The decision to supply life support mechanisms can well be made on a judgment as to the patient's clinging to life and fear of death: if, seeing hope of recovery and the attaining by that of opportunity for the lessening of the patient's fear of death and clinging to life, the life sustained by life-support mechanisms will have been greatly benefited and all is well and good. It is a decision that will have made good kamma for the caretaker.
The decision to terminate life support mechanisms must be very carefully made such as to be sure that what is intended is not 'termination' of life, but termination of life support. (Simple: keep in mind the idea that the person might not need the life support to continue on living.) This decision could also be made based on the criteria outlined above with the idea that providing life sustaining mechanisms would be a beneficial thing only for as long as there was hope that by such mechanisms the individual seen to be greatly clinging to life and fearing death would be given further opportunity to mitigate the fear and lessen the clinging. In the case of one in an irreversible coma or vegatative state there are no signs for the caretaker to judge, so the decision could be made at any time that it was time for the patient to face their kammic fate. There is no further benefit to be seen in sustaining the life of the patient and there is no further good kamma to be got from the situation by the caretaker. There is no bad kamma in making the decision to pull the plug.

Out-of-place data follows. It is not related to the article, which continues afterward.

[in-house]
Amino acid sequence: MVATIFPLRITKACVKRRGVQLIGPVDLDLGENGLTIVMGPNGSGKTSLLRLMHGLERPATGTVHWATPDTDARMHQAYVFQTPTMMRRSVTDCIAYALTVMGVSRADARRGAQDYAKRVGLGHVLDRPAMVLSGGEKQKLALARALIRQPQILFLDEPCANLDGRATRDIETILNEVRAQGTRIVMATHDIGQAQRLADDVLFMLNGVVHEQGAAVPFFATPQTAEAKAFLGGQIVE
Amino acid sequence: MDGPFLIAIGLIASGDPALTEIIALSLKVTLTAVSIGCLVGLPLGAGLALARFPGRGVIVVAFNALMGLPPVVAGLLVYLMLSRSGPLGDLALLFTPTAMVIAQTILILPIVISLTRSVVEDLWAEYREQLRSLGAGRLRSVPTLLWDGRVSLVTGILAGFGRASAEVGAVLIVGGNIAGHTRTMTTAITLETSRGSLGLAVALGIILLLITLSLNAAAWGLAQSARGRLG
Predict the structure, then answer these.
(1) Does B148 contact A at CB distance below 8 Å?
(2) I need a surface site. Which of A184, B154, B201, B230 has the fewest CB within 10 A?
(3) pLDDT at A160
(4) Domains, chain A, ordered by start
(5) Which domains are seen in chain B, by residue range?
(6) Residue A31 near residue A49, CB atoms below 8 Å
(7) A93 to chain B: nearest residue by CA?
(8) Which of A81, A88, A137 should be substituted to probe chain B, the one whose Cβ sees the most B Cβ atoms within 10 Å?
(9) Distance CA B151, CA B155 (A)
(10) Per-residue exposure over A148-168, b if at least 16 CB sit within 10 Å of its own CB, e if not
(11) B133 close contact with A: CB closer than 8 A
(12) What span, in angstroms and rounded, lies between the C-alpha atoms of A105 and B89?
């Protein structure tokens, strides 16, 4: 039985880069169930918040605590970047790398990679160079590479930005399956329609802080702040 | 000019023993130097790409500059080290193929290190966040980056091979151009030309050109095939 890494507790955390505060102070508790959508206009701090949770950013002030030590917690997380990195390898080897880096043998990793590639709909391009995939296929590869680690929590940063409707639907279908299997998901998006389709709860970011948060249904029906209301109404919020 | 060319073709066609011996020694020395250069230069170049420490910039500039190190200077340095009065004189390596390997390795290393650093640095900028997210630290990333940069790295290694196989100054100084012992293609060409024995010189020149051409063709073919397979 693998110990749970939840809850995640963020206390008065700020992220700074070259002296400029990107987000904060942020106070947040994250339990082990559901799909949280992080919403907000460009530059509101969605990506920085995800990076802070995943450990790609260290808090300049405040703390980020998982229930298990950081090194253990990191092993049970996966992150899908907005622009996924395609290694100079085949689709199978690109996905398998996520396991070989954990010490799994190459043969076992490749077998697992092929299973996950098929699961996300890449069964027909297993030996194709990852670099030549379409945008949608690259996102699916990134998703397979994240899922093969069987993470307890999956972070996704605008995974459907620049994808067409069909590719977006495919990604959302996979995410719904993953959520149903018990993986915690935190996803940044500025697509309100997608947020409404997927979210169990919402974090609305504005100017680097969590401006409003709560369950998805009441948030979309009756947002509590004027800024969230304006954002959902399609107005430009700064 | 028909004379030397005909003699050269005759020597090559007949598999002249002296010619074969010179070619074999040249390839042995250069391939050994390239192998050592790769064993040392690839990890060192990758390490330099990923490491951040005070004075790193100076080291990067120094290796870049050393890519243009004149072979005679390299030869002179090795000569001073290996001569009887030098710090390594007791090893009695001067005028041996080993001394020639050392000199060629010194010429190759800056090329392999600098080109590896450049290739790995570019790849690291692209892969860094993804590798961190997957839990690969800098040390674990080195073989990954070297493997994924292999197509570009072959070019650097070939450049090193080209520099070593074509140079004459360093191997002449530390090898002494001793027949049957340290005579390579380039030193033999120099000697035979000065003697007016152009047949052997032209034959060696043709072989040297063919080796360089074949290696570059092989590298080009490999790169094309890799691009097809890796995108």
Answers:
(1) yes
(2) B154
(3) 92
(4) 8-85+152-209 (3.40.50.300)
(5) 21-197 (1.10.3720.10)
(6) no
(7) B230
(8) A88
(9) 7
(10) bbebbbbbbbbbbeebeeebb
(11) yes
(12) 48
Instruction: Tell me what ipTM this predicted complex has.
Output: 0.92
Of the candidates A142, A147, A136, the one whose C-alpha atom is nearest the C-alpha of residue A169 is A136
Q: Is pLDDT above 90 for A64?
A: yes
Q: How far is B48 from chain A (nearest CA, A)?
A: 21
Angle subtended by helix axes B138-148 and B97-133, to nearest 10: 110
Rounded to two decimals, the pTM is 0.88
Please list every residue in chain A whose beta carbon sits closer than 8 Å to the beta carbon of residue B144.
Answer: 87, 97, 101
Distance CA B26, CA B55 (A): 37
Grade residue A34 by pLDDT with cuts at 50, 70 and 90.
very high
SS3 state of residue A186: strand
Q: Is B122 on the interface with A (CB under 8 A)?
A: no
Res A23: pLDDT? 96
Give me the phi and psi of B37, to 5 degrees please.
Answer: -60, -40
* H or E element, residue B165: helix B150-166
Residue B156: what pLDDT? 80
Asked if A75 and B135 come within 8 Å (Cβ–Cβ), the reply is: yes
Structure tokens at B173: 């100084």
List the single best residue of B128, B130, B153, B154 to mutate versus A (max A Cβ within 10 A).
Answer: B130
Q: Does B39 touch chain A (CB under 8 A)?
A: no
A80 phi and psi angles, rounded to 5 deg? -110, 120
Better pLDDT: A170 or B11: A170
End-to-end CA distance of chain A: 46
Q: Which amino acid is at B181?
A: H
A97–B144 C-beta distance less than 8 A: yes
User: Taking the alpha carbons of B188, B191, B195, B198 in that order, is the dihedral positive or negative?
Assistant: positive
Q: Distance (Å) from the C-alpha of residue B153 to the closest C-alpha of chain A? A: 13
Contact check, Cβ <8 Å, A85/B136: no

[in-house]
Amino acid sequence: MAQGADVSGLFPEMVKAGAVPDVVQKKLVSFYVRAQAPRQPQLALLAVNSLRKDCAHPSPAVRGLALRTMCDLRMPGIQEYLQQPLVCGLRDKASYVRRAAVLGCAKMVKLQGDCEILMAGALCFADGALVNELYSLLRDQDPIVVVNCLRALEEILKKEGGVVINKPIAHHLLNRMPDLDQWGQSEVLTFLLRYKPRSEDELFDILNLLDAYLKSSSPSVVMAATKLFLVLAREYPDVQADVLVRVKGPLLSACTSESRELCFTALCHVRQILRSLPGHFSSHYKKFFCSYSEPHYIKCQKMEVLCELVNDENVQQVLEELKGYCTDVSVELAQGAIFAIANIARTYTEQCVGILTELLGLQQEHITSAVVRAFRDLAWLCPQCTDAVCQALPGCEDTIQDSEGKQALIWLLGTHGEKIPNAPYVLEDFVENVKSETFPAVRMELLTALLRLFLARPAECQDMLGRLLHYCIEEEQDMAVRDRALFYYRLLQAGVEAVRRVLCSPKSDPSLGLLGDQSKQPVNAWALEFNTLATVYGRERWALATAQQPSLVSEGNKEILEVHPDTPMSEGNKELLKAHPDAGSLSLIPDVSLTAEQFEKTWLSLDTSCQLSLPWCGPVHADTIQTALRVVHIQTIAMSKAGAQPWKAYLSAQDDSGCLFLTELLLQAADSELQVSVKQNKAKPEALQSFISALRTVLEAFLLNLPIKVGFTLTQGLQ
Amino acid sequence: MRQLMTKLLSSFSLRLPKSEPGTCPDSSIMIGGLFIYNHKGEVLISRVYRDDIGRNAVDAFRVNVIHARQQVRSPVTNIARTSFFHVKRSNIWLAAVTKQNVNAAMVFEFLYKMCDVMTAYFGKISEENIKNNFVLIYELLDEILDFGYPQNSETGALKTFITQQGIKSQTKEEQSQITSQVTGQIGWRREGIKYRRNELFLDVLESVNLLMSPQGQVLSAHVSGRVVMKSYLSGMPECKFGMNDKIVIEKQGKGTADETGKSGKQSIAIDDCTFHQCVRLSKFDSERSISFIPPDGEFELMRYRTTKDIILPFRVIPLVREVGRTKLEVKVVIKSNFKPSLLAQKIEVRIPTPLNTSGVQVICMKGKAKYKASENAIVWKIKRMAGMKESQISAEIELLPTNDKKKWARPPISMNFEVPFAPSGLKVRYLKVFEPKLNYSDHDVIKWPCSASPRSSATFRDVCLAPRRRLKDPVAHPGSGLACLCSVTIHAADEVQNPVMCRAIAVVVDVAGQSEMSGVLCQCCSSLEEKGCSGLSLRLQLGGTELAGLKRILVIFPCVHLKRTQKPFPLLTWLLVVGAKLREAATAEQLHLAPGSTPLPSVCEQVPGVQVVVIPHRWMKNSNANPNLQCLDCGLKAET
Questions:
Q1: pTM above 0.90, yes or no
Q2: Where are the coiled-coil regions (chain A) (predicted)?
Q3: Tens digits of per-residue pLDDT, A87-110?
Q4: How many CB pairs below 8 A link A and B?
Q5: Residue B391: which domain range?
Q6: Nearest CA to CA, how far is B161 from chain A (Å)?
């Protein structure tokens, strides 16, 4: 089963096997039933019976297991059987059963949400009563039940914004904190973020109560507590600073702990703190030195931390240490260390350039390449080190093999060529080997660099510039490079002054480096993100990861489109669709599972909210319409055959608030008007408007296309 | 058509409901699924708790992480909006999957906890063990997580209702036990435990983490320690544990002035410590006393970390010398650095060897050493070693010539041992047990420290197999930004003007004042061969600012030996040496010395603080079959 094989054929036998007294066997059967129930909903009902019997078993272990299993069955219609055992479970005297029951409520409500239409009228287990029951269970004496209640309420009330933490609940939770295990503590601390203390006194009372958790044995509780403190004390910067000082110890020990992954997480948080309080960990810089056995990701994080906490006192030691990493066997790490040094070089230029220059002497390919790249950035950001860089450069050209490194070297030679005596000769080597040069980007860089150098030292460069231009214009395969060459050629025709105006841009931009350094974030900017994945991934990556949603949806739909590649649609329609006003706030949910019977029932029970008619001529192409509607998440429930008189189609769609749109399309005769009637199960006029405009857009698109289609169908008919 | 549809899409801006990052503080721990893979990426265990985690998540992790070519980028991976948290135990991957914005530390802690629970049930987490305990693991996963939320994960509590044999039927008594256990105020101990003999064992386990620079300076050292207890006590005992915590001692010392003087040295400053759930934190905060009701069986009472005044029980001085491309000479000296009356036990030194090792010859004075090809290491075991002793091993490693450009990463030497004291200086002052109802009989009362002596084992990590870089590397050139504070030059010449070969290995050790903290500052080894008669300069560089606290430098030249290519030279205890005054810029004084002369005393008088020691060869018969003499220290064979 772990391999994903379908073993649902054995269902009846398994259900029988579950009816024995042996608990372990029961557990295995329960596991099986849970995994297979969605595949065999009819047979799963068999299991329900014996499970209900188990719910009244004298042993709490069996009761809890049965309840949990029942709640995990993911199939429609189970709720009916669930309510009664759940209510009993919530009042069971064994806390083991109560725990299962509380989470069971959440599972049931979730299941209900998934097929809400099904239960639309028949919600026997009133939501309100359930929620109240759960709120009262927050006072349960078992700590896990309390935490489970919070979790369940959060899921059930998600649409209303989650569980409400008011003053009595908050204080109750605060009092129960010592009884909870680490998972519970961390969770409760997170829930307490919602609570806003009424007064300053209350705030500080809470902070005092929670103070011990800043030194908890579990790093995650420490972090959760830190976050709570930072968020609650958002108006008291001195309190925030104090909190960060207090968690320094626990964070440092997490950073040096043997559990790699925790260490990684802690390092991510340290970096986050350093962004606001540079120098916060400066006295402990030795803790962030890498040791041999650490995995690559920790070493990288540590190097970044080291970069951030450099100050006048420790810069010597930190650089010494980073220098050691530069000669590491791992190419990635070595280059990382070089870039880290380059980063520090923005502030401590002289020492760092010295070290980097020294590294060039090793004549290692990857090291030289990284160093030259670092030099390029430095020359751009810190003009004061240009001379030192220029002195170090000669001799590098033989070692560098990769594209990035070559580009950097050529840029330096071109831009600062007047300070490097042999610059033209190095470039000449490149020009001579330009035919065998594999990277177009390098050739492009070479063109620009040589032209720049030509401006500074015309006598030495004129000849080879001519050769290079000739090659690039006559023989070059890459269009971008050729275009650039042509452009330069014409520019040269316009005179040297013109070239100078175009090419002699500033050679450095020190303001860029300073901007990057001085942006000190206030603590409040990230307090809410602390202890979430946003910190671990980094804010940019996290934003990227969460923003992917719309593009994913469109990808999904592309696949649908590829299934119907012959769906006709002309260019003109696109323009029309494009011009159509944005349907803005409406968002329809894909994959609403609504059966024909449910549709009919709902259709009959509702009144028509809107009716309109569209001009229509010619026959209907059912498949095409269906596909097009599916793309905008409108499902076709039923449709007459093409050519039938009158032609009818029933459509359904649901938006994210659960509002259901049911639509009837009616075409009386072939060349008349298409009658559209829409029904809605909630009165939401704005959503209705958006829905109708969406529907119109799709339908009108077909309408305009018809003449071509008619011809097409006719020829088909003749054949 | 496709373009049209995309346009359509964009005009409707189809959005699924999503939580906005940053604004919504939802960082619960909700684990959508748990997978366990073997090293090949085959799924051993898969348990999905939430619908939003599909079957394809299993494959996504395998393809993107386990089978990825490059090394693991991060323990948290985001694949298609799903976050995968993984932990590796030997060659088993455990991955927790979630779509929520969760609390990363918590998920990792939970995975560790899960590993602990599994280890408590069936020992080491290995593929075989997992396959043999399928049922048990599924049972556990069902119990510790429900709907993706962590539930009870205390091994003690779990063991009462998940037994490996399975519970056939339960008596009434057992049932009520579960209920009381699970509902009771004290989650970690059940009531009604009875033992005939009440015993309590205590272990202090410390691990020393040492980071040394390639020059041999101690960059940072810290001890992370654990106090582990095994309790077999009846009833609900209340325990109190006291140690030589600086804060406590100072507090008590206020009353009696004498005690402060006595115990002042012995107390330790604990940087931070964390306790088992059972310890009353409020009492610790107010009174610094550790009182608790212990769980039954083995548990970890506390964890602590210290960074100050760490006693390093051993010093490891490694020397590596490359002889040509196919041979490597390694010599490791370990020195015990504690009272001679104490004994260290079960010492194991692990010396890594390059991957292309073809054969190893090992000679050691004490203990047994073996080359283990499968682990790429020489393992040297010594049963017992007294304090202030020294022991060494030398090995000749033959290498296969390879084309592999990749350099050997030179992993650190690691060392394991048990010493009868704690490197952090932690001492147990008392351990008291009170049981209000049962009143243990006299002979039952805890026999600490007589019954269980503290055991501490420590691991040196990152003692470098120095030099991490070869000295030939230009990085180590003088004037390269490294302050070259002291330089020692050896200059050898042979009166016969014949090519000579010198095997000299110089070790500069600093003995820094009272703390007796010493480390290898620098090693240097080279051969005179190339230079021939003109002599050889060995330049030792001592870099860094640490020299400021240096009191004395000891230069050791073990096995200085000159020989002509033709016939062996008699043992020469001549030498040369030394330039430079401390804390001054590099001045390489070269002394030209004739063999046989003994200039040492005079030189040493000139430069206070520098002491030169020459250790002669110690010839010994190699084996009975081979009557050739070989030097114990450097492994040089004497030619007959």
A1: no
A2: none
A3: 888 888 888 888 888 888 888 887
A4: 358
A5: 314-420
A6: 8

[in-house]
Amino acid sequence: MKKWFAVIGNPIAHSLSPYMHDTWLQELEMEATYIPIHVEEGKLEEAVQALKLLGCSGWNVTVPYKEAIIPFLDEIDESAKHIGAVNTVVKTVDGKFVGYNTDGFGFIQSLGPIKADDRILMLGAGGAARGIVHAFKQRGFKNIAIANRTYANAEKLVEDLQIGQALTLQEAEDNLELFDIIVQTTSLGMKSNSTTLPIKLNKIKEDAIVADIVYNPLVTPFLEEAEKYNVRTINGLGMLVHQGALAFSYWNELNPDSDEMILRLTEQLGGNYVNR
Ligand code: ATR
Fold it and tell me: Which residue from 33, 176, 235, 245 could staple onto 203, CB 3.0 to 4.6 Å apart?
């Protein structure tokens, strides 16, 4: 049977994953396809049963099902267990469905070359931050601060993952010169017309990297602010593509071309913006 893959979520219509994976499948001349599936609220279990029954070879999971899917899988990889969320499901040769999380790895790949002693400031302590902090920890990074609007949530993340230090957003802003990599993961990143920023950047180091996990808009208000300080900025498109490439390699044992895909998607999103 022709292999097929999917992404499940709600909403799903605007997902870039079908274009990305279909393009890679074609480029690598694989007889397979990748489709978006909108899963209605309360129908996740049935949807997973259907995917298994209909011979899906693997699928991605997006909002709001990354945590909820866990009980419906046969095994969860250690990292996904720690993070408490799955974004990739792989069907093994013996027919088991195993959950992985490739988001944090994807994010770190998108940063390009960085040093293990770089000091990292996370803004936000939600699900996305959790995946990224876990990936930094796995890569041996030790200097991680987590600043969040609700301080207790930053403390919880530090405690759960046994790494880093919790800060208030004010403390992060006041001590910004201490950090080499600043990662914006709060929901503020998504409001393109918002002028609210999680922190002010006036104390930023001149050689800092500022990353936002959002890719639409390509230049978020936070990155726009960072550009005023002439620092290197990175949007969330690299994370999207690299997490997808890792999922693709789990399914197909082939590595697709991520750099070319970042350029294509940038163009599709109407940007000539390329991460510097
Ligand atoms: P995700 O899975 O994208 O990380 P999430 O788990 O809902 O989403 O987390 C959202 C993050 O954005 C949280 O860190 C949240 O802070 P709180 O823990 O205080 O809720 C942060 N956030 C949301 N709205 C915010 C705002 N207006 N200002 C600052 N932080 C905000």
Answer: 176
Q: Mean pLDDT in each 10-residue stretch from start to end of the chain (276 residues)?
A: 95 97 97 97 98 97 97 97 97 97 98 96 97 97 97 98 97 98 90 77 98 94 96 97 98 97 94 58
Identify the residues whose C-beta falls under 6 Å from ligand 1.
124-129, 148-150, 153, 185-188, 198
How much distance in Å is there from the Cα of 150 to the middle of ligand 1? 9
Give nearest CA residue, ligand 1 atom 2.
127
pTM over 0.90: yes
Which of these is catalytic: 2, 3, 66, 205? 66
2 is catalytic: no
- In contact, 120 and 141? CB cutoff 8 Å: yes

So in a word: With the intent to 'terminate the life' of the patient by withdrawing life support: bad kamma. With the intent to 'terminate life support': no bad kamma. With the latter the continuance or non-continuance of the life of the one cared for is a matter of that individual's kamma and has nothing to do with the caretaker.
There is another issue here that is being neatly avoided by Doctors and Healthcare practitioners. In most cases the decision to give life support in the first place will have been made by them. It is just shucking responsibility for a tough decision for them to then put this decision into the hands of a relative or caregiver (with or without power of attorney and advance directives.) "You made the decision to sustain life, you make the decision you think you are making if/when you pull the plug." That's what we ought to be able to say, except that the humongous costs of healthcare in this country stick extraordinary complications into the decision. The Doctor gets to make the decision to turn on the meter, if you alow or force him to make the decision to turn it off it could likely bankrupt you needlessly...we won't go into the possibility that it might terminate the life of a loved one when there was still hope for recovery.
This is interesting, but let's face it: most of those of us encountering this problem are not going to be encountering it in the form of an Arahant or even, likely, a Buddhist, consequently, from the Buddhist perspective, there is hardly anyone out there today that could be said to be anything less than absolutely clinging to life and fearing death, so this list is presented more as a way of making the issues rational than as a useful tool in determining anything helpful concerning this decision. If you can see from this list that one you are caring for has little clinging and fear, then this is a plus for you and makes the decision-making here much easier.